Given that there is some thought that a vector in the transmission of Plagues was the human flea - it was probably a blood borne disease. - which explained the spread when generally people travelled long distances less frequntley- but still enough to spread diseases, compared to the wide / world wide travel of today

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Re: FORGOTTEN CORNERS

Post by Stanley » 17 Mar 2020, 03:43

Have a look at this for a Forgotten corner. LINK.

Image

With the suspension of almost all international flights this 1979 Laker advert is definitely a forgotten corner!
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Re: FORGOTTEN CORNERS

Post by Whyperion » 17 Mar 2020, 06:46

PanBiker wrote:
12 Mar 2020, 09:40
Stanley wrote:
12 Mar 2020, 06:01
Add bad maintenance of the gulley grates and trip hazards on pavements and I'm afraid our ancestors who laid the roads down would be ashamed of us.
I noted that on Salterforth Talk yesterday the Parish Council are advertising a position for a Lengthsman. Now there's a breath of fresh air, I would apply If I were a bit more mobile on my feet. :smile:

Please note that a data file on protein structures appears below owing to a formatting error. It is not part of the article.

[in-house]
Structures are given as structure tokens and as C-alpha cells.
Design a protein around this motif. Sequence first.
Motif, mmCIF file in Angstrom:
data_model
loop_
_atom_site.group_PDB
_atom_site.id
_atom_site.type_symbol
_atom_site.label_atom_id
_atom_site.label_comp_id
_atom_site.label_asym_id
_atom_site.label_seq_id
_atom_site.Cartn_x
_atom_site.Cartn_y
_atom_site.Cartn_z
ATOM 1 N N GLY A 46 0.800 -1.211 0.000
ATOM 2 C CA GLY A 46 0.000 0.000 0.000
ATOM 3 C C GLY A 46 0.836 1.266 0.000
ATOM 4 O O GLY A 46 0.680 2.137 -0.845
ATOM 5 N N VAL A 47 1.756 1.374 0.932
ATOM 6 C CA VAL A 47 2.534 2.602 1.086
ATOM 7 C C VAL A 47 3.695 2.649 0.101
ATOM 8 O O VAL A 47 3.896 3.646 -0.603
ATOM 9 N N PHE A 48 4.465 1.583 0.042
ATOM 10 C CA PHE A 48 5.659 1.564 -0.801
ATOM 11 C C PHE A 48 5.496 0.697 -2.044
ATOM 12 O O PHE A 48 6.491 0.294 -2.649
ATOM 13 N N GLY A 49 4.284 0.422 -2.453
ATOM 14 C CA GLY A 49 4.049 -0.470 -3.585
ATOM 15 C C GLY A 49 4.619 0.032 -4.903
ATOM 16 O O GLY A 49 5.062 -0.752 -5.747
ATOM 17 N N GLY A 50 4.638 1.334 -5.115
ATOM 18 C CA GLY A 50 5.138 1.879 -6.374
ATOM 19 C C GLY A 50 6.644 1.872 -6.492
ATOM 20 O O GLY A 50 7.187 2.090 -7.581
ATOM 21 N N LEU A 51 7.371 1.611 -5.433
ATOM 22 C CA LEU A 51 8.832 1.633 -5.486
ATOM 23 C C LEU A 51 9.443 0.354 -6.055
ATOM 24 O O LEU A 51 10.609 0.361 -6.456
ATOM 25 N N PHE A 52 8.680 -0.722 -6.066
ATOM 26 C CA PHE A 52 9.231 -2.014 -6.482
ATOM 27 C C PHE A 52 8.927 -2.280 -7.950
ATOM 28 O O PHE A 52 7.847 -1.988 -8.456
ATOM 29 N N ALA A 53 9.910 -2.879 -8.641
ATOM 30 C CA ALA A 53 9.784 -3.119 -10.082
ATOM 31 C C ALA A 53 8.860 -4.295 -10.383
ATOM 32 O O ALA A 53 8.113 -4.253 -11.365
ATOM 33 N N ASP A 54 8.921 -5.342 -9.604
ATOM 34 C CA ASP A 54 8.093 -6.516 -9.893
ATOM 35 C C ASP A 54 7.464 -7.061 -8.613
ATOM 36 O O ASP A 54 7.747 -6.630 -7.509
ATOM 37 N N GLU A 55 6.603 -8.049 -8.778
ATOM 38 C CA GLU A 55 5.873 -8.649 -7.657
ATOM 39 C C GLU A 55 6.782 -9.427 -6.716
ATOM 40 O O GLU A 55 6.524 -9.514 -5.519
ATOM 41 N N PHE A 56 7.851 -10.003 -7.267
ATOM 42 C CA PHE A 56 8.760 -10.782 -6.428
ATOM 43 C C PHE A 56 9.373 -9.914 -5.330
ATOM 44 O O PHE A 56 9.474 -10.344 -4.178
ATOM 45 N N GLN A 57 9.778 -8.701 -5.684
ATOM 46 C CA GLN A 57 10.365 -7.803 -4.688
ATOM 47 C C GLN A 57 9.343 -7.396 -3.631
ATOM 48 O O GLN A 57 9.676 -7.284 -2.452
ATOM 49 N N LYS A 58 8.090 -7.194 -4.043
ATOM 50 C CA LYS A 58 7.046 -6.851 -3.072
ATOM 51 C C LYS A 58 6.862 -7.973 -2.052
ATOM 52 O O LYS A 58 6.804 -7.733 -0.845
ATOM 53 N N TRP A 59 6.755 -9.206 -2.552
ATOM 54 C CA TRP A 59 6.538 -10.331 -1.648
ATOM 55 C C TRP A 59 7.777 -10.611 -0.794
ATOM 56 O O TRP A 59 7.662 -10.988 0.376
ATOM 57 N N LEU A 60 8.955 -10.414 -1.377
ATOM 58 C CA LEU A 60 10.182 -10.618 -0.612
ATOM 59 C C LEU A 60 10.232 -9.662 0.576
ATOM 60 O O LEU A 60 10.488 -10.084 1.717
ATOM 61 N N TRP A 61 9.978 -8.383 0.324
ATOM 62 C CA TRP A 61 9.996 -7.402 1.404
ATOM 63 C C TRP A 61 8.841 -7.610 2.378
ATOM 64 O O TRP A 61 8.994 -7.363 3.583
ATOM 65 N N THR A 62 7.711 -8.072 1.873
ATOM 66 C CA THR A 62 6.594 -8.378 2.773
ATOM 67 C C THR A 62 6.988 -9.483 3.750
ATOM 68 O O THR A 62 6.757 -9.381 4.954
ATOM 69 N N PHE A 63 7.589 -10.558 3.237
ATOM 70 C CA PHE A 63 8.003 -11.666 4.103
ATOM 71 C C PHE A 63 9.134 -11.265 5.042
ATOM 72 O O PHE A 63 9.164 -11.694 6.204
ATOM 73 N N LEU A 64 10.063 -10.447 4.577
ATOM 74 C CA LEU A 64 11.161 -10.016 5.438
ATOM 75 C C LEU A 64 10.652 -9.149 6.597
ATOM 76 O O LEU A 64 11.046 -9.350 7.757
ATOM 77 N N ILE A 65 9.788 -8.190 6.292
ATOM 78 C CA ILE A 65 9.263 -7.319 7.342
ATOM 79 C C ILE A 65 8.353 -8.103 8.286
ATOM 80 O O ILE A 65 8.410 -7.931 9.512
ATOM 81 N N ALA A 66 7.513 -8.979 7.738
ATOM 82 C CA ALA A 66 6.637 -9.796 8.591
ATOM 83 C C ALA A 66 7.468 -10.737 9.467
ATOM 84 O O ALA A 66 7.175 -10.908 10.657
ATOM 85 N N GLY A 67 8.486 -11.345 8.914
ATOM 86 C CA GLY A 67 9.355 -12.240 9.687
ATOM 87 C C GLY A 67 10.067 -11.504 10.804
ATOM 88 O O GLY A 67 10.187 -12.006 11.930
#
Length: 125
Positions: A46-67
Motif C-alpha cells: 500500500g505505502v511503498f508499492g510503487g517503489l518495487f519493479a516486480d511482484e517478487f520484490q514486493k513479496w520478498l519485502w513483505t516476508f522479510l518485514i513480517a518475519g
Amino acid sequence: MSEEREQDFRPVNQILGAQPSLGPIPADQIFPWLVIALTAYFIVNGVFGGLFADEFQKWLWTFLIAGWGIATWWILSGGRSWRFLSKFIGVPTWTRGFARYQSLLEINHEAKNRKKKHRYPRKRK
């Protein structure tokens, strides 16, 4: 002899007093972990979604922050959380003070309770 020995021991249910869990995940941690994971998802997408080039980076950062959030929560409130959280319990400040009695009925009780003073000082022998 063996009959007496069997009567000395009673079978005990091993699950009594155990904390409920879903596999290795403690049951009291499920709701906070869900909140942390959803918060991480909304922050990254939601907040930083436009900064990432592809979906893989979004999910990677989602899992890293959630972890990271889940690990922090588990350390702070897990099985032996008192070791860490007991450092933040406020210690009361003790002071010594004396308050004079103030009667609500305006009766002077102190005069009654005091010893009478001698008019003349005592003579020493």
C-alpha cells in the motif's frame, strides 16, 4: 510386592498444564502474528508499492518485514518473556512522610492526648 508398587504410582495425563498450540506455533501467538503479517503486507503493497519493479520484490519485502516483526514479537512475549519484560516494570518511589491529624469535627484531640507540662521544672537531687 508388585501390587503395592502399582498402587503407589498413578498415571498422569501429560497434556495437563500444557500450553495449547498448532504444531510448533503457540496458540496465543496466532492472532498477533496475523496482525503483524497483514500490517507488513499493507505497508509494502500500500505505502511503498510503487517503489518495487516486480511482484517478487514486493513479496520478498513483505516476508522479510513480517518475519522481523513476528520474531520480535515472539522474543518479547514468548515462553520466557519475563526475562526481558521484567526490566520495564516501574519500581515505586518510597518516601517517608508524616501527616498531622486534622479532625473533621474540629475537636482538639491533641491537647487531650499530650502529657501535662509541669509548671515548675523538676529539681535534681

I really should write to the Council/s about the road mis-maintenance and repair.
But is there being a reversion of power to the Parish level? After all amalgamations of the various local boards, UDC and RDCs to Boroughs much new funding is going to smaller local (outside of London's system), control. Is it that administration being too large (other than joint working on some bits -cemetaries, legal for example), does not work effectively?

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Re: FORGOTTEN CORNERS

Post by Stanley » 18 Mar 2020, 05:03

Infections are in the news. (In case you hadn't noticed!) My mind goes back to the days of the Fever Wagon and isolation hospitals. Attitudes were more fatalistic then. If a child got German Measles (Rubella) there was often a party for the girls so that they could catch the mild disease as it gave them immunity in future pregnancy. ("Rubella can also be transmitted from a mother to her developing baby (foetus) through the placenta. This can be very dangerous to the foetus, especially if the mother gets rubella early on in her pregnancy. Rubella can cause deafness, heart problems, intellectual disability, and many other problems in developing foetuses)
This practice is a no-no today but at the time it made a lot of sense. Definitely a forgotten corner!
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"Beware of certitude" (Jimmy Reid)
The floggings will continue until morale improves!